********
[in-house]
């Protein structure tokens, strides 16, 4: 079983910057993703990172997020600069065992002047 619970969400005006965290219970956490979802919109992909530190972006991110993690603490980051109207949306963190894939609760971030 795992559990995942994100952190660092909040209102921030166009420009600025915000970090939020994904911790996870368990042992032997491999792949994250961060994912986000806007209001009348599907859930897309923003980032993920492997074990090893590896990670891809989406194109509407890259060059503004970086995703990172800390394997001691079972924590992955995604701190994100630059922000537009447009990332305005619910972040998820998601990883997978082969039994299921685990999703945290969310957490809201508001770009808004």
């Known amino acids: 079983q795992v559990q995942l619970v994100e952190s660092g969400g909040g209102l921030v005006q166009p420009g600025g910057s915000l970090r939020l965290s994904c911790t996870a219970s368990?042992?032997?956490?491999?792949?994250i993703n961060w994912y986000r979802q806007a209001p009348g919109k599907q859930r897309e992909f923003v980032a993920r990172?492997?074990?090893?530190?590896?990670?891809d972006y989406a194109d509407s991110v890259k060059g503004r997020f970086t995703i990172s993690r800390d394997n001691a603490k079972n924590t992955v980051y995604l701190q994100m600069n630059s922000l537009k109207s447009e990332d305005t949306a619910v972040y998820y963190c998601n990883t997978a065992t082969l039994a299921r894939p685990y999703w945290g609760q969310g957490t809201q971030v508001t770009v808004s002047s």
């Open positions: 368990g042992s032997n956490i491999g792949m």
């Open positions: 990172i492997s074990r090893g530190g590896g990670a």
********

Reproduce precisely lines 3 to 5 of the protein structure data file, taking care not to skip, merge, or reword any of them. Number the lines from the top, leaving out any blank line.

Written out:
């Known amino acids: 079983q795992v559990q995942l619970v994100e952190s660092g969400g909040g209102l921030v005006q166009p420009g600025g910057s915000l970090r939020l965290s994904c911790t996870a219970s368990?042992?032997?956490?491999?792949?994250i993703n961060w994912y986000r979802q806007a209001p009348g919109k599907q859930r897309e992909f923003v980032a993920r990172?492997?074990?090893?530190?590896?990670?891809d972006y989406a194109d509407s991110v890259k060059g503004r997020f970086t995703i990172s993690r800390d394997n001691a603490k079972n924590t992955v980051y995604l701190q994100m600069n630059s922000l537009k109207s447009e990332d305005t949306a619910v972040y998820y963190c998601n990883t997978a065992t082969l039994a299921r894939p685990y999703w945290g609760q969310g957490t809201q971030v508001t770009v808004s002047s």
């Open positions: 368990g042992s032997n956490i491999g792949m």
């Open positions: 990172i492997s074990r090893g530190g590896g990670a």